How to Hitch a Horse Trailer

Practice these 9 steps for hitching your gooseneck or bumper-pull trailer.


Hooking a trailer quickly and correctly requires practice and patience. In order to make sure your trailer is hooked correctly, it’s important to follow the same steps, in the same order, every time you hook and unhook to your tow vehicle.

Horse Trailer

For both gooseneck and bumper pull trailers, it’s essential that you’re familiar with your tow vehicle’s weight rating (and that it can tow your trailer), and that you have the correct size ball for the trailer.

  1. To begin, you’ll need to make sure your hitch is cranked up high enough to accept your trailer ball, no matter which type of trailer you’re hauling.
  2. Next, line up your tow vehicle with the front of the trailer. If your trailer has an embellished paint job (some have a “V” in the front of them), it will be easier to make sure you’re straight. Some truck liners have round impressions in the pour-in liners that denote the middle of the bed. Additionally, you can spray a small circle in the center of your truck bed to help you line up properly, or lay down a broom or farriers rasp to help guide you. For SUV’s, a small sticker or marker on the center bottom of your rear window will help align you more quickly. Also, a step-in fence post or a tall stick can be stuck in the ground just behind the hitch on the trailer to make sure you’re square.
    Lining up a gooseneck hitch
    Lining up a gooseneck hitch
  3. Back up in small increments to you trailer’s hitch system. It’s crucial that you do this slowly with bumper-pull trailers so you don’t knock them off any blocks it may be placed on. While this is significantly easier with a person directing you (you should watch them in your mirrors), it’s not always feasible. Be prepared to get in and out of your truck multiple times if you can’t see the ball of your gooseneck or you’re hooking to a bumper pull. There’s no shortcut for simply practicing until you get the feel of your towing vehicle and your trailer.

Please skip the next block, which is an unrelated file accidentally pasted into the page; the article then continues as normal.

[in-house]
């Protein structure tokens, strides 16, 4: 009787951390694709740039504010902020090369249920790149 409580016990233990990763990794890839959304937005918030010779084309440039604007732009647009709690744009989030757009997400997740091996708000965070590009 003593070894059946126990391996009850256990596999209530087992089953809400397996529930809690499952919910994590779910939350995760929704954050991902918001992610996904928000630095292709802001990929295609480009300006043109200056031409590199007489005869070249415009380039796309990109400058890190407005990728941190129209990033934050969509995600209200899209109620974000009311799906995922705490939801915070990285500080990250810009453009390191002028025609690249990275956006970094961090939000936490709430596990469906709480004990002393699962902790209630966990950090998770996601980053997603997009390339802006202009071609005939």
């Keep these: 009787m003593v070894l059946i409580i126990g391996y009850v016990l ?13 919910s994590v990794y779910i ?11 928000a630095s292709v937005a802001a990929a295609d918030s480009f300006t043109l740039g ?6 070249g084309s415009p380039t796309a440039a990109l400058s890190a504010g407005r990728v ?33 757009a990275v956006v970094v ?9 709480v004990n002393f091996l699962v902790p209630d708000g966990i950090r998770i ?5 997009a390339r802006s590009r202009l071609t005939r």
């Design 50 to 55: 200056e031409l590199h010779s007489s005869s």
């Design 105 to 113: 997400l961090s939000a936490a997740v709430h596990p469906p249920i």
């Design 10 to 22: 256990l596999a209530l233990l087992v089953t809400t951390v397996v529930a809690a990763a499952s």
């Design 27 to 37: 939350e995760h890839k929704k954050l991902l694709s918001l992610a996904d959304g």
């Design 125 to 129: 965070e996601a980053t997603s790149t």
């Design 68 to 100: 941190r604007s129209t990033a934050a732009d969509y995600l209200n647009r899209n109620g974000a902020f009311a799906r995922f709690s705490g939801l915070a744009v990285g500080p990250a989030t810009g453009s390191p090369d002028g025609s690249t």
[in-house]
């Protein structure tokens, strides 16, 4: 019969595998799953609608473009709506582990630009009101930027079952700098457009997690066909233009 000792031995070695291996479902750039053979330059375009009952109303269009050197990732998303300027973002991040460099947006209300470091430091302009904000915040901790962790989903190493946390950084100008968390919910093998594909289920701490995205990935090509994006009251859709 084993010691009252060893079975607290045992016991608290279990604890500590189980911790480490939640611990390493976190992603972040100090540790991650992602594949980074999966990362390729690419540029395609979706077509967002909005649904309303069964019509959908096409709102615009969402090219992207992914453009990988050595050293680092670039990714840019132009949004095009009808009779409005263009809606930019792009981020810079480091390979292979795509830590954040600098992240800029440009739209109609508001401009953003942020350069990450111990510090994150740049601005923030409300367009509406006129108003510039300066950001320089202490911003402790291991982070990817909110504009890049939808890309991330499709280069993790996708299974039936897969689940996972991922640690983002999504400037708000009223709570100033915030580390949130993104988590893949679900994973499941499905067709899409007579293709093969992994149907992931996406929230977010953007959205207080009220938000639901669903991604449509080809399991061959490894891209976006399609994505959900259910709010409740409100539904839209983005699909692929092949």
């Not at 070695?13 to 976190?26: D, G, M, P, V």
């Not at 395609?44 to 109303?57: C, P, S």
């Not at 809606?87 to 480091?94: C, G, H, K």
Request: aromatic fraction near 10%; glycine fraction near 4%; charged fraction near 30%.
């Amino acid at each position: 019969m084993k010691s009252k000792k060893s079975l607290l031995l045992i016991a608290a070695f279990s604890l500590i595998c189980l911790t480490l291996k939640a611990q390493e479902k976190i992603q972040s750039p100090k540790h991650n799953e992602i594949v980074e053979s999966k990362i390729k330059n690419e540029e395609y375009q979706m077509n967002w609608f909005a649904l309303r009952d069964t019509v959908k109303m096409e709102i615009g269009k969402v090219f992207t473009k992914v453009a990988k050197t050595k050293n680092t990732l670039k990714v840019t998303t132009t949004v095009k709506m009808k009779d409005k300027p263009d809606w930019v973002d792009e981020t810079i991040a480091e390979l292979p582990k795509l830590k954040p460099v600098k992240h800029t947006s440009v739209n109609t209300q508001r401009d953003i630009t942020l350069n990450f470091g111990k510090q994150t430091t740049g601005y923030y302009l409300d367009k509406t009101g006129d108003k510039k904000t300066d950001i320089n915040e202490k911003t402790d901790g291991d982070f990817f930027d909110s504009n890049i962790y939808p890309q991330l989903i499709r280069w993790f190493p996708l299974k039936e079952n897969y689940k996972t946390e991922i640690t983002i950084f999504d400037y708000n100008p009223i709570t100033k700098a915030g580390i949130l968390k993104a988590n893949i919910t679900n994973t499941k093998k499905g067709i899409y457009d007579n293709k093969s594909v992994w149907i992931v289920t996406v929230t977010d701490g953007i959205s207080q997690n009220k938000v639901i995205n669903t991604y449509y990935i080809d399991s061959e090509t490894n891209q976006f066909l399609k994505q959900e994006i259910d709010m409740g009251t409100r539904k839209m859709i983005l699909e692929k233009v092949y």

4. Once you get the ball under the hitch, crank the jack down until the hitch lowers on to the ball and release the lock. Some bumper pulls will need a bit of “help” (read: a knock with the heel of your hand or your boot) to slide into place so you can lock the cuff and place the pin through it.
  5. Plug in your electric. On most rigs, you can check all lights at once by turning on both running lights and emergency flashers.
  6. If you own a gooseneck, close the tailgate.
  7. Hook your safety chains. Safety chains on a bumper pull should be crossed (this prevents the tongue from dropping to the ground and digging in if trailer comes off the ball). You will have to hop into the bed of your truck to hook the chains if you’re hauling a gooseneck.
    Hook the chains
    Hook the safety chains or cables
  8. Hook your emergency brake to the tow vehicle. This cable on a bumper pull can run through your frame hitch and hook back to itself. In a gooseneck, it will hook in the same place as your chains. Should your trailer come loose from your tow vehicle, the pin would pull from the battery box (close to the hitch coupler), activating your trailer’s brakes.
  9. Finally, pick up any wheel chocks or blocks you used to support the jack before driving away.

With enough practice, hitching your trailer will become second nature, but never become complacent in ensuring that every step is completed. Your safety and that of your four-legged best friend is at stake.

Need more? Here are more trailering articles.
Video: Inspecting a Horse Trailer
What Your Horse Needs to Know Before Getting in a Trailer
Finding the Type of Trailer That’s Right for You
10 Things to Know About Financing a Horse Trailer


  1. This is a good example but you have hot told the truth. Every Hitch…Every Trailer used under 3,000 GVWR are using hitch systems and trailers that have NO NATIONAL SAFETY STANDARD!!! You can even make them HOMEMADE! go to


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